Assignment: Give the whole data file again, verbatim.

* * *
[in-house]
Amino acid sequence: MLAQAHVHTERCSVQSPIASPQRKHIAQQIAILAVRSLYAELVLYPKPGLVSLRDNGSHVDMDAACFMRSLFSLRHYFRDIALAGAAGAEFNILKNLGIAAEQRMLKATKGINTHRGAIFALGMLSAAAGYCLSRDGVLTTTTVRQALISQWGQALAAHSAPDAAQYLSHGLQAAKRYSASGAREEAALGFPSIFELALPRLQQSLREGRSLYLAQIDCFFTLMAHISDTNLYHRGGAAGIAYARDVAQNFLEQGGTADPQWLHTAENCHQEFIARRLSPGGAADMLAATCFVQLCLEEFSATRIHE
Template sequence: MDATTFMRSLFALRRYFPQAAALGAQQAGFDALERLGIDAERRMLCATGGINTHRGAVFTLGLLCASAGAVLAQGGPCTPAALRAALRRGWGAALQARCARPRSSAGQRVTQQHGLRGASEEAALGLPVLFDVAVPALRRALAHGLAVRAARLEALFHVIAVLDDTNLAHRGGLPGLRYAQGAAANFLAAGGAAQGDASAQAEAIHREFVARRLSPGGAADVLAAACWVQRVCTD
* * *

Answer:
[in-house]
Amino acid sequence: MLAQAHVHTERCSVQSPIASPQRKHIAQQIAILAVRSLYAELVLYPKPGLVSLRDNGSHVDMDAACFMRSLFSLRHYFRDIALAGAAGAEFNILKNLGIAAEQRMLKATKGINTHRGAIFALGMLSAAAGYCLSRDGVLTTTTVRQALISQWGQALAAHSAPDAAQYLSHGLQAAKRYSASGAREEAALGFPSIFELALPRLQQSLREGRSLYLAQIDCFFTLMAHISDTNLYHRGGAAGIAYARDVAQNFLEQGGTADPQWLHTAENCHQEFIARRLSPGGAADMLAATCFVQLCLEEFSATRIHE
Template sequence: MDATTFMRSLFALRRYFPQAAALGAQQAGFDALERLGIDAERRMLCATGGINTHRGAVFTLGLLCASAGAVLAQGGPCTPAALRAALRRGWGAALQARCARPRSSAGQRVTQQHGLRGASEEAALGLPVLFDVAVPALRRALAHGLAVRAARLEALFHVIAVLDDTNLAHRGGLPGLRYAQGAAANFLAAGGAAQGDASAQAEAIHREFVARRLSPGGAADVLAAACWVQRVCTD